Planning your final year
The final phase of the thesis often takes place in the third year of the PhD and the submission and completion year of the PhD in the fourth (usually referred to as the "Writing Up" year). This section highlights the priorities involved in both the final phase and the submission and completion phase of the thesis.
"Submission and completion represent the culmination of a period of transformation: transformation from being a novice researcher to a more experienced one and transformation in terms of the development of research skills, generic skills and the ability to advance a field of knowledge"
(Fiona Denney, 'Submission and Completion' The Postgraduate's Companion (Sage, 2008))
Preparing for submission and completion of the thesis is one of the most difficult (and rewarding) experiences for the doctoral candidate. The third year of the PhD onwards is the stage where researchers are nearing completion of the project: the majority of data/findings have been collected and analysed, results have been discussed both at conferences and in draft chapters and candidates are usually moving towards the stage commonly known as 'writing up'.
What it means to be ‘writing up’
These days 'writing up' means different things in different disciplines. Essentially, it is always best to write up the thesis as it goes along. If this is done properly then the 'writing up' stage is the process where you complete, review, edit and proofread chapters ready for submission. The writing up stage also involves putting the final thesis structure together to make sure that the argument flows logically. In order to achieve that aim, the writing up process must be managed appropriately.
Goals are essential to the completion of a thesis (please see the section on the Research Cycle). Goals are especially important for final-year PGRs when there are several aspects of the research process which must be managed properly. Murray (2006) suggests that there are several factors to consider when writing goals:
- Define the purpose of the writing task
- Choose an appropriate verb: review/evaluate/summarize
- Define your audience
- Define the scale and scope of your writing
- Decide on the number of words you will write
- Decide how long it will take you to write it
As in the interim phase of the research project, it is crucial to review and reflect on progress made thus far. This can be achieved through a SWOT analysis (please see section in Keeping Your Research on Track) or through a Writing Audit. During the final stages of the thesis many researchers have a series of chapters which usually have been drafted independently over the course of two or more years. The final stages of the thesis challenge researchers to draw together each chapter, to marry them up to form the thesis as a whole.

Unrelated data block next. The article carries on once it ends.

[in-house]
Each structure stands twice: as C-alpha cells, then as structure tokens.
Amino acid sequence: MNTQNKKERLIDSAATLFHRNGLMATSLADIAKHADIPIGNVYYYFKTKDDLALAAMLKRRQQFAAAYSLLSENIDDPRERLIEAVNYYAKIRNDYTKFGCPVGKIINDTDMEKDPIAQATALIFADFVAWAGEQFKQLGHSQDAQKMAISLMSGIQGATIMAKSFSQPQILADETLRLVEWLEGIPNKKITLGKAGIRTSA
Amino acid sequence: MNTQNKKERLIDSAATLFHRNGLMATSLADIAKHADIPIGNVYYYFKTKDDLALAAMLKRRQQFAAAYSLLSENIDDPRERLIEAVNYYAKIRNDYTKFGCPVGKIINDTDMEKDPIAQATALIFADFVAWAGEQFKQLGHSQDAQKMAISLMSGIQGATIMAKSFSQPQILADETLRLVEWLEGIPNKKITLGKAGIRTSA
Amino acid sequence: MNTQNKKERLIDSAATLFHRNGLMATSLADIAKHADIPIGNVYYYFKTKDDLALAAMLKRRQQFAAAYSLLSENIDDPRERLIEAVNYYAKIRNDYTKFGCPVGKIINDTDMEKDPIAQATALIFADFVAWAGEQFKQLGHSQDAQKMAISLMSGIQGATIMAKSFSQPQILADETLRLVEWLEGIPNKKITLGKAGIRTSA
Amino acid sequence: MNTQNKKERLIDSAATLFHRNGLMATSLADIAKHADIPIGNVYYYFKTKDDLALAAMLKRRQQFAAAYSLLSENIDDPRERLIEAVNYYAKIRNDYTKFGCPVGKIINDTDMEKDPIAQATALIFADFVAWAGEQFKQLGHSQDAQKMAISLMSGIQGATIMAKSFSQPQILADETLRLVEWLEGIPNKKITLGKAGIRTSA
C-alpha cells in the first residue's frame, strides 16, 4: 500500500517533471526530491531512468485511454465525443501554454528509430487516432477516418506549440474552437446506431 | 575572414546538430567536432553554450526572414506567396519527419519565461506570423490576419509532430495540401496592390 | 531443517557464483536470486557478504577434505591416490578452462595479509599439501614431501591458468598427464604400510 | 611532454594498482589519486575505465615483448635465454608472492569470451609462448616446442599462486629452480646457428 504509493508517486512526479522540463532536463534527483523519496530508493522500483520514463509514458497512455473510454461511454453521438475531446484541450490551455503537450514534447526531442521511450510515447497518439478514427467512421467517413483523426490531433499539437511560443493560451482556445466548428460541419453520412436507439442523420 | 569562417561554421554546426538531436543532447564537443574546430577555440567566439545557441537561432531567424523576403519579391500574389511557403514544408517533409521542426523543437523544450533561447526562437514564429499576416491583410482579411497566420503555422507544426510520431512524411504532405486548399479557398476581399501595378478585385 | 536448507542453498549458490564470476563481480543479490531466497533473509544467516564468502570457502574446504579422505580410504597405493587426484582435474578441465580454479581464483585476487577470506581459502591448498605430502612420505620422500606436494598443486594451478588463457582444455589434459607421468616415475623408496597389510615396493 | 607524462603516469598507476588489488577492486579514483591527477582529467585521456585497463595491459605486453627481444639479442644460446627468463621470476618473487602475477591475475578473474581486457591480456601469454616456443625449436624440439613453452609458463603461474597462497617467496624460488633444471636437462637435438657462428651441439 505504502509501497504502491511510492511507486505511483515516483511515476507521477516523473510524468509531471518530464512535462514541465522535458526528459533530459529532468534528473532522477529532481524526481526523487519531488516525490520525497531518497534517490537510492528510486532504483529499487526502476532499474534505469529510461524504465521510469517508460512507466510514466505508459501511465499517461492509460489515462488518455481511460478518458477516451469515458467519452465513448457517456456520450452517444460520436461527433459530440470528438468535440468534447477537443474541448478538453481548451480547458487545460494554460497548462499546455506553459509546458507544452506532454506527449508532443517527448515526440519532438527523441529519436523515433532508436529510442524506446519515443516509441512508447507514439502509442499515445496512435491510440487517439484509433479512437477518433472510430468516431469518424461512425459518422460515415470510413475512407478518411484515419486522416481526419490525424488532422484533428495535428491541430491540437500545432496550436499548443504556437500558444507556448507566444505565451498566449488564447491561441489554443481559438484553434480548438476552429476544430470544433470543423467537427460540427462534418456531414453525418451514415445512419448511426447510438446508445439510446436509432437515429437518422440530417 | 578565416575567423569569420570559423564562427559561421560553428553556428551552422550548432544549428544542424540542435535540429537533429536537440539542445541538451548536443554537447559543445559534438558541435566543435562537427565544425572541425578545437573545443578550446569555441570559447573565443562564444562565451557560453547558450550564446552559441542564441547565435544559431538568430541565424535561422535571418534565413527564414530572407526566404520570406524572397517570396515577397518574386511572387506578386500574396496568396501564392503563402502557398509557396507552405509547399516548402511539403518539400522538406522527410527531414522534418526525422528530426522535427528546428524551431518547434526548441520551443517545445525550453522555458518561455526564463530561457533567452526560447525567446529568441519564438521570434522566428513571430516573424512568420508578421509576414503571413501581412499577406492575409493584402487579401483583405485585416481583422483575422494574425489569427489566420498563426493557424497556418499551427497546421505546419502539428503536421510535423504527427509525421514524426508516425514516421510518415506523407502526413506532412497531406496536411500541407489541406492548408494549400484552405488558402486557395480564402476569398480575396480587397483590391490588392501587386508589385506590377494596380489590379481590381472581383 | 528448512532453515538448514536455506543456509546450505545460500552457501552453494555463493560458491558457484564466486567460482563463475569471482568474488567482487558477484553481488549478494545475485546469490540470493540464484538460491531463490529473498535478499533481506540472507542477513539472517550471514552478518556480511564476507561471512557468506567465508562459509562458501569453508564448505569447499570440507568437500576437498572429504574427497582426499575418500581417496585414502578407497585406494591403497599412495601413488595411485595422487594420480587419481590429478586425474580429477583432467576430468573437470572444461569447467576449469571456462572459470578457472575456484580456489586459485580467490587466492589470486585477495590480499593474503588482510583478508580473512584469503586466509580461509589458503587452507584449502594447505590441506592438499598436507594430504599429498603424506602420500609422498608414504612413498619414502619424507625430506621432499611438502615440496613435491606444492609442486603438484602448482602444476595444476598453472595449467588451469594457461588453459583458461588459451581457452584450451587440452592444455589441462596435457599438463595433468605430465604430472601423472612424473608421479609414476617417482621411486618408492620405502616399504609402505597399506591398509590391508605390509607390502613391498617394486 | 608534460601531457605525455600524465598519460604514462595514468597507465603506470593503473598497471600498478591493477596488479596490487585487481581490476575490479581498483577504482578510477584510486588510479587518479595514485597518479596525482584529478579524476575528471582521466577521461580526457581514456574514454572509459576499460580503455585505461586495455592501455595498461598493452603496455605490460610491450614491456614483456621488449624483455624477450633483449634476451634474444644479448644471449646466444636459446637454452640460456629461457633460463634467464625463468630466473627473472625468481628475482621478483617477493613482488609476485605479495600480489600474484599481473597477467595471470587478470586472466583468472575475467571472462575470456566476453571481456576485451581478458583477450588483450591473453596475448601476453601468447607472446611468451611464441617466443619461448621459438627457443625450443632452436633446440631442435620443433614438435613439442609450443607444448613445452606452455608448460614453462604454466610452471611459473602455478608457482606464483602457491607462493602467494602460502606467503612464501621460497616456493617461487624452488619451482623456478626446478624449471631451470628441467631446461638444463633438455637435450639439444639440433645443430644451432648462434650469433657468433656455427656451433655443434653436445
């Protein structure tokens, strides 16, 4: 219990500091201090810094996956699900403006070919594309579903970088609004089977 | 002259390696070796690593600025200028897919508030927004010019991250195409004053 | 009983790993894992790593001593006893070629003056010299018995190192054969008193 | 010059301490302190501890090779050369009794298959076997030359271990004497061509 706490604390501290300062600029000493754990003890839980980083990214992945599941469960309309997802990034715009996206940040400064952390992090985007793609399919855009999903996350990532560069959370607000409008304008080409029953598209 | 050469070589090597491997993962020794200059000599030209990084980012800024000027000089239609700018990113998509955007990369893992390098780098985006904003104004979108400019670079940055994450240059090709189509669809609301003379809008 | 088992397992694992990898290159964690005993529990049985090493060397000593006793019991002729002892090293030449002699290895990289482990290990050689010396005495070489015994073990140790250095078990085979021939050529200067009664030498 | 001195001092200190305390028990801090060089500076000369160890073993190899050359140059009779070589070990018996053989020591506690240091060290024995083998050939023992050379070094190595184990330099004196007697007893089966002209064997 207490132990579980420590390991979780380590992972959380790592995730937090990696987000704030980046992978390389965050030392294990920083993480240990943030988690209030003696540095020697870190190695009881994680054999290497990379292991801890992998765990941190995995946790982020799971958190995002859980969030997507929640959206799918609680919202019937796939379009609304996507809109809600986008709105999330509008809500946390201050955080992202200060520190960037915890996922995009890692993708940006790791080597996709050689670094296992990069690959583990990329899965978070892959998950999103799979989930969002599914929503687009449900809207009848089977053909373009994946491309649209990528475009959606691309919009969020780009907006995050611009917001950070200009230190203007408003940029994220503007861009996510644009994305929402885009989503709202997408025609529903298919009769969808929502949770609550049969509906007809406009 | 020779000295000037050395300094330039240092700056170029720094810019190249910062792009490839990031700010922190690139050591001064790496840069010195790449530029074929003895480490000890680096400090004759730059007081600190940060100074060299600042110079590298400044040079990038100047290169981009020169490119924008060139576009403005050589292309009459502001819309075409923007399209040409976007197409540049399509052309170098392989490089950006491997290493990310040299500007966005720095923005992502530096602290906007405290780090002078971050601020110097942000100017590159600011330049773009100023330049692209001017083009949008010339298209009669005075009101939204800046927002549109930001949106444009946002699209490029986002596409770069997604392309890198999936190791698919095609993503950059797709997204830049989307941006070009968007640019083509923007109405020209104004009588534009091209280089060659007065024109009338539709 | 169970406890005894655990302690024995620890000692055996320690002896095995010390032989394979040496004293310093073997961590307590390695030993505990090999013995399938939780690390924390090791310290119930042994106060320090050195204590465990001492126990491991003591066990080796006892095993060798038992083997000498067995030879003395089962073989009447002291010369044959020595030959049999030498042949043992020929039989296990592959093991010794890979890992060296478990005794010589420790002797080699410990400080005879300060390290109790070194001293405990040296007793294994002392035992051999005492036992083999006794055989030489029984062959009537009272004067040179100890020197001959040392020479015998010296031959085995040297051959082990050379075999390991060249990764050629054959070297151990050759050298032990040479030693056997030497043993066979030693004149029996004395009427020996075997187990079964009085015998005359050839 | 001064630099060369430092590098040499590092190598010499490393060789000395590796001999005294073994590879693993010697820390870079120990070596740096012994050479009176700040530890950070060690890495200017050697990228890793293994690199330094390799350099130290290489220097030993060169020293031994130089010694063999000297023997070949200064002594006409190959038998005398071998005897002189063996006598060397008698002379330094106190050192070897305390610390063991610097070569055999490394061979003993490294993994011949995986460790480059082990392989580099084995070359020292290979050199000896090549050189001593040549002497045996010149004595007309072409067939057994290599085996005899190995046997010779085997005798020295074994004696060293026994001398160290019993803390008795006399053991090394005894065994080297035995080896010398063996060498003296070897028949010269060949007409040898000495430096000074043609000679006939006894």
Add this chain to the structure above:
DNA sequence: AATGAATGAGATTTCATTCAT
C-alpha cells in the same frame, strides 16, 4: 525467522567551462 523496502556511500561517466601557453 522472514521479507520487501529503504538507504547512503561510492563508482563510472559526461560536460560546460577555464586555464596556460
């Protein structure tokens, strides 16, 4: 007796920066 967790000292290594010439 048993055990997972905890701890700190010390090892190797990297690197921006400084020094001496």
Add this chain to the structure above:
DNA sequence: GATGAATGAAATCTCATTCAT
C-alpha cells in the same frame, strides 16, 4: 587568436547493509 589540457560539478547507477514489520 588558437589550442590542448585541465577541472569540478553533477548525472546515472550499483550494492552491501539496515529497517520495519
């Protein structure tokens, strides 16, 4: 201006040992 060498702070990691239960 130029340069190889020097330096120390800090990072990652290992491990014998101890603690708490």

The results of the Writing Audit can be used to develop further insight into the thesis and what stage it is at regarding completion. This information can be used to set new goals, milestones and objectives for the final phase of the project.
Thinking About Thesis Structure
Discussions ought to have taken place with the supervision team about thesis structure. However, it is not uncommon to address structural issues in the final writing-up year of the doctorate. When thinking about how to structure the thesis consider the following things:
- Is there a standard format for this discipline / field?
- Look at examples of recently completed theses (within last two years) in the discipline - note how they are structured
- Structure means more than just the order of chapters - it also means attention should be paid to how chapters are structured
- Pay attention to 'signposting'
- What's the 'bigger picture'?
The Typical Thesis Structure - Humanities
The final structure of the thesis will be decided in consultation with the supervisory team. For guidance purposes only the typical thesis structure for the Humanities is as follows:
- Literature Review
- Methodological chapter
- Findings / Analysis
- Further work / research
Although planning is critical, researchers are required to manage change during the final phases of the project. It is inevitable that timescales will need to be adjusted as and when matters arise. It is important not to be de-motivated - by re-visiting regularly the final-year plan regularly most researchers clearly identify that they have made steady progress.
If the plan isn't working then it needs to be changed. If the way that the thesis is being approached has changed then the plan should be adjusted to allow for this. It is very important to set realistic timescales. Proofreading, for example, will usually take twice as long but it is crucial to the examination process.
Making the Decision to Submit
There are a few things to bear in mind when making the decision to submit:
- It is your thesis and therefore the decision to submit rests with the doctoral researcher
- However, this decision must be reached in consultation with the supervisor(s)
- Has any part of the thesis or research been published? If so, this would suggest that the work is already of doctoral standard and thus ready to submit.